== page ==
By SARA A. CHACKO, PhD MPH , Beth Israel Deaconess Medical Center Staff

Losing weight is hard. Keeping it off is even harder. Despite decades of advancement in our understanding of weight loss, scientists are still perplexed by how to sustain lost weight in the long-term. Mindfulness, an ancient awareness practice originating from Asian Buddhist practices, is now being explored as a novel way to enhance efforts at long-term behavioral change.e

(Photo: iStockphoto)

(Photo: iStockphoto)

Although lifestyle interventions including diet, exercise, and behavioral strategies, such as regular weighing and keeping a food log, have proven effective for weight loss in the short-term, weight regain is common. The majority of patients who lose weight regain the weight within three years; in fact, fewer than 20 percent of overweight adults in the U.S. have reported success with long-term weight loss.

This is not only a question of will power. Pervasive environmental and biological factors make it more difficult. But those who have successfully maintained weight loss, as recorded in the National Weight Control Registry, report clear behavioral changes including eating breakfast every day, regular weighing, minimal TV watching, and exercising, on average, for an hour every day.

Yet sustaining these types of changes remains elusive for the majority. A recent report3 from a panel of obesity experts convened at the National Institutes of Health highlighted a major issue to be behavioral fatigue – that is, dieters grow weary of strict behavioral regimens, especially when weight loss declines over time.

Obesity and behavioral scientists grappling with this question are now exploring strategies incorporating mindfulness, an ancient practice with roots in Asian Buddhist tradition. Mindfulness, or “awareness” in the Pali language, is the art of paying attention to present moment experience with acceptance and non-reactivity. It can be cultivated through a systematic training of the mind using formal meditative exercises (e.g., sitting meditation, walking meditation, yoga).

Mindfulness training has been shown to improve chronic pain, depression, stress, and addictive behaviors, and emerging research suggests it may hold promise for weight management. Specifically, mindfulness may help patients identify internal and external triggers for eating, tolerate food cravings, and improve coping ability and resilience – all factors important to sticking with long-term change.

Sustaining weight loss is not easy – setbacks and slow change are par for the course. Zafra Cooper and Christopher Fairburn, behavioral researchers in obesity, have suggested the difficulty may be, in part, due to gradual declines in weight loss over time as well as unrealistic expectations regarding amount of weight lost and expected benefits. Demoralization and frustration can lead patients to abandon attempts at change. Stress only makes it worse and can also increase cravings for high-fat, high-sugar foods.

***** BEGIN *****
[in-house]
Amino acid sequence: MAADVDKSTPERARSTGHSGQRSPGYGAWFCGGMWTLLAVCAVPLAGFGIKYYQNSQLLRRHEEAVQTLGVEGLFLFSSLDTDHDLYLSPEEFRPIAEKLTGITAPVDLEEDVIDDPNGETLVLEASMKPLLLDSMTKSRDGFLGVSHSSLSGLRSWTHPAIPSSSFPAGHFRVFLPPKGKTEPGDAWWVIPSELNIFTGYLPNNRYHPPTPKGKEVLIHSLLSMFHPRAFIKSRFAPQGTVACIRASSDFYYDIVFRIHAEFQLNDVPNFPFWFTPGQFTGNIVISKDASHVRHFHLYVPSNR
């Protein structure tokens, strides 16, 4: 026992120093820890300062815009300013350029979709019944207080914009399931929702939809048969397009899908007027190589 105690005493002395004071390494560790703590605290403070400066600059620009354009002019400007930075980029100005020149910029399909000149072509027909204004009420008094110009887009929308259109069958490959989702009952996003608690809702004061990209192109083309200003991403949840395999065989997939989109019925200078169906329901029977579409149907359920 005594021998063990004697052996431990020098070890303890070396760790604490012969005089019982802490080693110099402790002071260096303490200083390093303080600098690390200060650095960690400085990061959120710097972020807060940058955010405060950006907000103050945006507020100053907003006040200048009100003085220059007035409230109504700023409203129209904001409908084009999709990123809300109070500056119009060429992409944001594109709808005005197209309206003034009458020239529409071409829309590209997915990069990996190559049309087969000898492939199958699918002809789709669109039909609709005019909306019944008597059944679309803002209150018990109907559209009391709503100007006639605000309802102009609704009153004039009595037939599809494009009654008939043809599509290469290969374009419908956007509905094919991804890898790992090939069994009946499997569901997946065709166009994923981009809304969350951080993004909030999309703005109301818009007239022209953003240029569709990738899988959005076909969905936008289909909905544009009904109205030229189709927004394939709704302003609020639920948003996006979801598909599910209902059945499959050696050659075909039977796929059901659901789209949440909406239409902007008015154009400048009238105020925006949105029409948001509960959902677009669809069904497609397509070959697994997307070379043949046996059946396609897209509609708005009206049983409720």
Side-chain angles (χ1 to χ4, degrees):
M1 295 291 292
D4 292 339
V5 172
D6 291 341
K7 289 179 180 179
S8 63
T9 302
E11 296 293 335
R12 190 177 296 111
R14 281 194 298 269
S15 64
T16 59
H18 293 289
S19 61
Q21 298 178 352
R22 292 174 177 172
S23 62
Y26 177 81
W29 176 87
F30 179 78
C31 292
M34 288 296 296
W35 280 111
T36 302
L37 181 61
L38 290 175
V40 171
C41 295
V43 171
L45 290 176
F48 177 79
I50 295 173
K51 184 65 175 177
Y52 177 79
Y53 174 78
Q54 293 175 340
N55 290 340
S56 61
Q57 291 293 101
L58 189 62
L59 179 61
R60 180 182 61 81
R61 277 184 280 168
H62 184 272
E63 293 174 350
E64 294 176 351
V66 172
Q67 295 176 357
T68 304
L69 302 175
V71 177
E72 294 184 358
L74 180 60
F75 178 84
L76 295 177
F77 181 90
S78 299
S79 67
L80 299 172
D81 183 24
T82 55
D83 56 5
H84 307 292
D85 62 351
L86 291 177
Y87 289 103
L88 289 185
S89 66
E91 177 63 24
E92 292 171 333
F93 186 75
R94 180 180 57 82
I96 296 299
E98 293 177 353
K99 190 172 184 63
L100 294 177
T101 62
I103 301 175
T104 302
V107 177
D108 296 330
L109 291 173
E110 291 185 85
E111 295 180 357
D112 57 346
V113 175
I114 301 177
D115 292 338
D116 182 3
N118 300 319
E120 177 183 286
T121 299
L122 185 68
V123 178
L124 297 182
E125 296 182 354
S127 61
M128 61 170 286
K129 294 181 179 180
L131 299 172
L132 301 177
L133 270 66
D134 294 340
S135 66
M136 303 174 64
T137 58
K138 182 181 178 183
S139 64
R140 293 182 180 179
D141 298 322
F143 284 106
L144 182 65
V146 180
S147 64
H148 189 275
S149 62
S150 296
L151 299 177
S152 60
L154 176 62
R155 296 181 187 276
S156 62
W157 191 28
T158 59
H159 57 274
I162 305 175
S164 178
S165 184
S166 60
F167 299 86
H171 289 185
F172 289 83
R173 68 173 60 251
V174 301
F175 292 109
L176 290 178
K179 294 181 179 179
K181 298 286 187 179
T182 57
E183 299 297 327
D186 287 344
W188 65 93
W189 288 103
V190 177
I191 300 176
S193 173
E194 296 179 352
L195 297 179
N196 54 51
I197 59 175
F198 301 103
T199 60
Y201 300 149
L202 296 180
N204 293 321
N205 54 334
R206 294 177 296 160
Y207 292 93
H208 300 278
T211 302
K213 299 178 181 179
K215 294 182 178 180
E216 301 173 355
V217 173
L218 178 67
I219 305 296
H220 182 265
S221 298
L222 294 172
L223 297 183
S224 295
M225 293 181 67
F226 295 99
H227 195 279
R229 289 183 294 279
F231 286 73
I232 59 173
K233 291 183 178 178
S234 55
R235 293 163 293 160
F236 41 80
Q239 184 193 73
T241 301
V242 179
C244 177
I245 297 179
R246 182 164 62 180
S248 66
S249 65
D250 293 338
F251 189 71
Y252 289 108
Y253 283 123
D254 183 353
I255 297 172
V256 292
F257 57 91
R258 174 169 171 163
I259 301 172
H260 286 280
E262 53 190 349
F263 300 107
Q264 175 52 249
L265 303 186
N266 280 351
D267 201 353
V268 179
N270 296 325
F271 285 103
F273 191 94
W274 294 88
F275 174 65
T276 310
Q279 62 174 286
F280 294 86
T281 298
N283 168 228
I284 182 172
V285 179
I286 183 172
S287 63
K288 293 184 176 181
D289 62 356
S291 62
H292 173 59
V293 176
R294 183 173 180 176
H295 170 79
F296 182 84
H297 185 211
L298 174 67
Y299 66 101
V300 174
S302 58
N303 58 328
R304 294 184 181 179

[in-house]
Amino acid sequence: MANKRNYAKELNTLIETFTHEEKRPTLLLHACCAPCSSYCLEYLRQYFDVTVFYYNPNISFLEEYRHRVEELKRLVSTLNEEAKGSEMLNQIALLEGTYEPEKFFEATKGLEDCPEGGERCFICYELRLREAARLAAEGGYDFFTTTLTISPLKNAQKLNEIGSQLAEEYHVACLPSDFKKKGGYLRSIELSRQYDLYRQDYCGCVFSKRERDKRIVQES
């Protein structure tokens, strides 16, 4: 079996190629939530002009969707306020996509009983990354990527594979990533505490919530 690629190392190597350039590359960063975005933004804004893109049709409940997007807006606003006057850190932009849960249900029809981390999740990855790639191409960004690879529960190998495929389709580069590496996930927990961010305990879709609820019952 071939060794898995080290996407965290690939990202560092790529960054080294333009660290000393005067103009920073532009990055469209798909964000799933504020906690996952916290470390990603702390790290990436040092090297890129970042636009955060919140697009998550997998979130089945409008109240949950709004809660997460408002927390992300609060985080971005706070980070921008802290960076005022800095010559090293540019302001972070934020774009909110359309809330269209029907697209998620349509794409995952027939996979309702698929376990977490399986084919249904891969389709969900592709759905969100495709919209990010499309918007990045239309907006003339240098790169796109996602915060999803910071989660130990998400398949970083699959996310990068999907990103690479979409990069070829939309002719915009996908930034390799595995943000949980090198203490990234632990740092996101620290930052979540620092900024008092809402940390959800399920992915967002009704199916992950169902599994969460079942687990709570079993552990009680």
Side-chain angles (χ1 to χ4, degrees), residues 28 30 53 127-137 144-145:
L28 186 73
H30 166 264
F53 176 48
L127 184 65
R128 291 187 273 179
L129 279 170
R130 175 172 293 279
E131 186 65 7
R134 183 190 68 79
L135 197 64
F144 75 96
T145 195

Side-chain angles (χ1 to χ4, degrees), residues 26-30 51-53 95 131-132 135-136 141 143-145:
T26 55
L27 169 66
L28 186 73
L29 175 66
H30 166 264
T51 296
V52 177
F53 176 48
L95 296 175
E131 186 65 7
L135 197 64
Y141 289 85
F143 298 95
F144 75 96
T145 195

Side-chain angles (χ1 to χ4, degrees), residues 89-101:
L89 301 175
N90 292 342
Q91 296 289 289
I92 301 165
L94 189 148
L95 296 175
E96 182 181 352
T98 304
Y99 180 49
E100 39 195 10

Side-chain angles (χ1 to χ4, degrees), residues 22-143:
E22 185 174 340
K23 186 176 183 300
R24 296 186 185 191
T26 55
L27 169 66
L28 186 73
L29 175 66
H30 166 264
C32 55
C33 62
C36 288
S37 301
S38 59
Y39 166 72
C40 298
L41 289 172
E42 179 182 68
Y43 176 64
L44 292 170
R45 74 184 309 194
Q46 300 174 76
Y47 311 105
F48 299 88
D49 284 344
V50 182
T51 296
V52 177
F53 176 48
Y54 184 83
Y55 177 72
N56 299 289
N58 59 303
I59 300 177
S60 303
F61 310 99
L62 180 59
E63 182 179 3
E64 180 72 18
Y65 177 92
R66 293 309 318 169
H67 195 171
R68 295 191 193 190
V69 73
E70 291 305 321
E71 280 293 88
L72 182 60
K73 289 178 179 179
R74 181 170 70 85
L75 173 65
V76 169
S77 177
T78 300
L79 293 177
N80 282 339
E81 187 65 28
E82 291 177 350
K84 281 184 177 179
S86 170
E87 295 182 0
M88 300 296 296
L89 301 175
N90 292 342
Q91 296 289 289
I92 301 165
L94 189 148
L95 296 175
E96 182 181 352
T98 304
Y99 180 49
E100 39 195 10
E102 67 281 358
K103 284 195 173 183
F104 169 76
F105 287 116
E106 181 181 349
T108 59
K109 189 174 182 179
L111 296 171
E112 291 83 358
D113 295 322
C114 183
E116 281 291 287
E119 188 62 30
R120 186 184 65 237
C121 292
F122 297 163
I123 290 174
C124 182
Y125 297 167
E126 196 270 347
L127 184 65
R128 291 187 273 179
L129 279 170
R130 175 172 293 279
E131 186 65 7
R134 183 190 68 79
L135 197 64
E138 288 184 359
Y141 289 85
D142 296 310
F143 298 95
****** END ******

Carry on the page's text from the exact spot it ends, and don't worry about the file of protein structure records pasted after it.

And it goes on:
Mindfulness may be one way to break these patterns. By learning to cultivate a calm response to what is actually happening in life (vs. what we wish was happening) in place of automatic, habitual, and unconscious reactions, it becomes possible to make healthier, more adaptive choices.

Although “acceptance of what is” may sound counterintuitive to making change, it’s actually the first step toward behavioral change. We waste tremendous amounts of mental energy on resistance to our lives and circumstances. Mindfulness teaches that if we can learn, through practice, to bring a friendly awareness to our experience, no matter how difficult, we can make choices more closely aligned with our values and health. As Victor Frankl, psychiatrist and Holocaust survivor, famously said, “Between stimulus and response, there is a space. In that space is our power to choose our response. In our response lies our growth and freedom.” Mindfulness creates a space for us to choose.

Although the field is still new, mindfulness-based approaches to weight management are gaining traction, both in research settings and clinically. The most promising approaches appear to be those that specifically focus on weight loss as a stated goal and incorporate standard behavioral and nutrition strategies, although thus far, mindfulness-based interventions have not been consistently successful at producing weight loss. Importantly, mindfulness training has been shown to reduce emotional and binge eating, maladaptive eating patterns that make sustaining weight loss more difficult.

While much work remains, many patients report significant benefits from practicing mindfulness alongside their weight loss efforts. Clinical programs, such as the Wellpowered Weight Management and Wellness Program at Beth Israel Deaconess Medical Center, are now offering mindfulness classes to help patients with long-term weight loss. Mindfulness practices such as sitting meditation, walking meditation, and mindful eating are taught in conjunction with lifestyle skills including nutrition and goal setting.

If you’re interested in learning to practice mindfulness, the best way to start is to find a local class or meditation center where you can be guided. If you prefer to start at home, find a quiet space and try listening to guided audio recordings of meditations, many of which can be found online. Nature is also a beautiful place to practice.

Sara Chacko is an Integrative Medicine Fellow at BIDMC.

To learn more about BIDMC’s Weight Management and Wellness Program, contact Liz Preczewski at 617-667-1793 or epreczew@bidmc.harvard.edu.

Above content provided by Beth Israel Deaconess Medical Center. For advice about your medical care, consult your doctor.

January Month 2016